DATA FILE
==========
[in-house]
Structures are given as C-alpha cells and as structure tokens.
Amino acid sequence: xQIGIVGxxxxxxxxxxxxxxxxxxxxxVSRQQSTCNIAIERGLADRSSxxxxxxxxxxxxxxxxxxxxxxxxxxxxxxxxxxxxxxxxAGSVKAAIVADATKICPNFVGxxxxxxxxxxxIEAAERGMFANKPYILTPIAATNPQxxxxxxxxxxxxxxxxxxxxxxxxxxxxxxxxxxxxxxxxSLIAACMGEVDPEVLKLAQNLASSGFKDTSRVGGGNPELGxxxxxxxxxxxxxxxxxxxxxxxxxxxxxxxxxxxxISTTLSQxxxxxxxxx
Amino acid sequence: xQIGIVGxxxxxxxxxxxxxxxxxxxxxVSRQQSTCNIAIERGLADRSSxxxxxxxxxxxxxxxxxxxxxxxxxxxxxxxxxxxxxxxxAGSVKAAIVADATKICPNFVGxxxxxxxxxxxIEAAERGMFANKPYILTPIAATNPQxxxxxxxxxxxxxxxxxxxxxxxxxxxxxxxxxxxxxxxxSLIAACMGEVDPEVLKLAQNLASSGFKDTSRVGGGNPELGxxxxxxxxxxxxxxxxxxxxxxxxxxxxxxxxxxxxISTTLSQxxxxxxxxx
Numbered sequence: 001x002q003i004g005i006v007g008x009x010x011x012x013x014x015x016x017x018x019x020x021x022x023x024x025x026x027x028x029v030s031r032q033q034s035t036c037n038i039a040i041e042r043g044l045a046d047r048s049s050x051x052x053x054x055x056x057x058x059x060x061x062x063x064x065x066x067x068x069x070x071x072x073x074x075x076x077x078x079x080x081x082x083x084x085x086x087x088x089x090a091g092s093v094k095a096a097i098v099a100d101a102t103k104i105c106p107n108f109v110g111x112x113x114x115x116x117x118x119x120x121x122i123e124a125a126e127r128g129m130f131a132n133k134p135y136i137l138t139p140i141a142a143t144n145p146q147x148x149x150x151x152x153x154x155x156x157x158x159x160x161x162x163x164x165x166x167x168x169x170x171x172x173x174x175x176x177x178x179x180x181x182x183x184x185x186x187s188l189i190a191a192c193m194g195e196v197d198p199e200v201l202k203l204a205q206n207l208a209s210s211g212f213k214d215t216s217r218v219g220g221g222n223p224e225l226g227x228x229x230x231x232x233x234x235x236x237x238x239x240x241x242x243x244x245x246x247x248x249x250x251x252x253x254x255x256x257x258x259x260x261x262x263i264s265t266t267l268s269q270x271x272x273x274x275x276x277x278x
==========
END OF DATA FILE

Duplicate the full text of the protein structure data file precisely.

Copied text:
[in-house]
Structures are given as C-alpha cells and as structure tokens.
Amino acid sequence: xQIGIVGxxxxxxxxxxxxxxxxxxxxxVSRQQSTCNIAIERGLADRSSxxxxxxxxxxxxxxxxxxxxxxxxxxxxxxxxxxxxxxxxAGSVKAAIVADATKICPNFVGxxxxxxxxxxxIEAAERGMFANKPYILTPIAATNPQxxxxxxxxxxxxxxxxxxxxxxxxxxxxxxxxxxxxxxxxSLIAACMGEVDPEVLKLAQNLASSGFKDTSRVGGGNPELGxxxxxxxxxxxxxxxxxxxxxxxxxxxxxxxxxxxxISTTLSQxxxxxxxxx
Amino acid sequence: xQIGIVGxxxxxxxxxxxxxxxxxxxxxVSRQQSTCNIAIERGLADRSSxxxxxxxxxxxxxxxxxxxxxxxxxxxxxxxxxxxxxxxxAGSVKAAIVADATKICPNFVGxxxxxxxxxxxIEAAERGMFANKPYILTPIAATNPQxxxxxxxxxxxxxxxxxxxxxxxxxxxxxxxxxxxxxxxxSLIAACMGEVDPEVLKLAQNLASSGFKDTSRVGGGNPELGxxxxxxxxxxxxxxxxxxxxxxxxxxxxxxxxxxxxISTTLSQxxxxxxxxx
Numbered sequence: 001x002q003i004g005i006v007g008x009x010x011x012x013x014x015x016x017x018x019x020x021x022x023x024x025x026x027x028x029v030s031r032q033q034s035t036c037n038i039a040i041e042r043g044l045a046d047r048s049s050x051x052x053x054x055x056x057x058x059x060x061x062x063x064x065x066x067x068x069x070x071x072x073x074x075x076x077x078x079x080x081x082x083x084x085x086x087x088x089x090a091g092s093v094k095a096a097i098v099a100d101a102t103k104i105c106p107n108f109v110g111x112x113x114x115x116x117x118x119x120x121x122i123e124a125a126e127r128g129m130f131a132n133k134p135y136i137l138t139p140i141a142a143t144n145p146q147x148x149x150x151x152x153x154x155x156x157x158x159x160x161x162x163x164x165x166x167x168x169x170x171x172x173x174x175x176x177x178x179x180x181x182x183x184x185x186x187s188l189i190a191a192c193m194g195e196v197d198p199e200v201l202k203l204a205q206n207l208a209s210s211g212f213k214d215t216s217r218v219g220g221g222n223p224e225l226g227x228x229x230x231x232x233x234x235x236x237x238x239x240x241x242x243x244x245x246x247x248x249x250x251x252x253x254x255x256x257x258x259x260x261x262x263i264s265t266t267l268s269q270x271x272x273x274x275x276x277x278x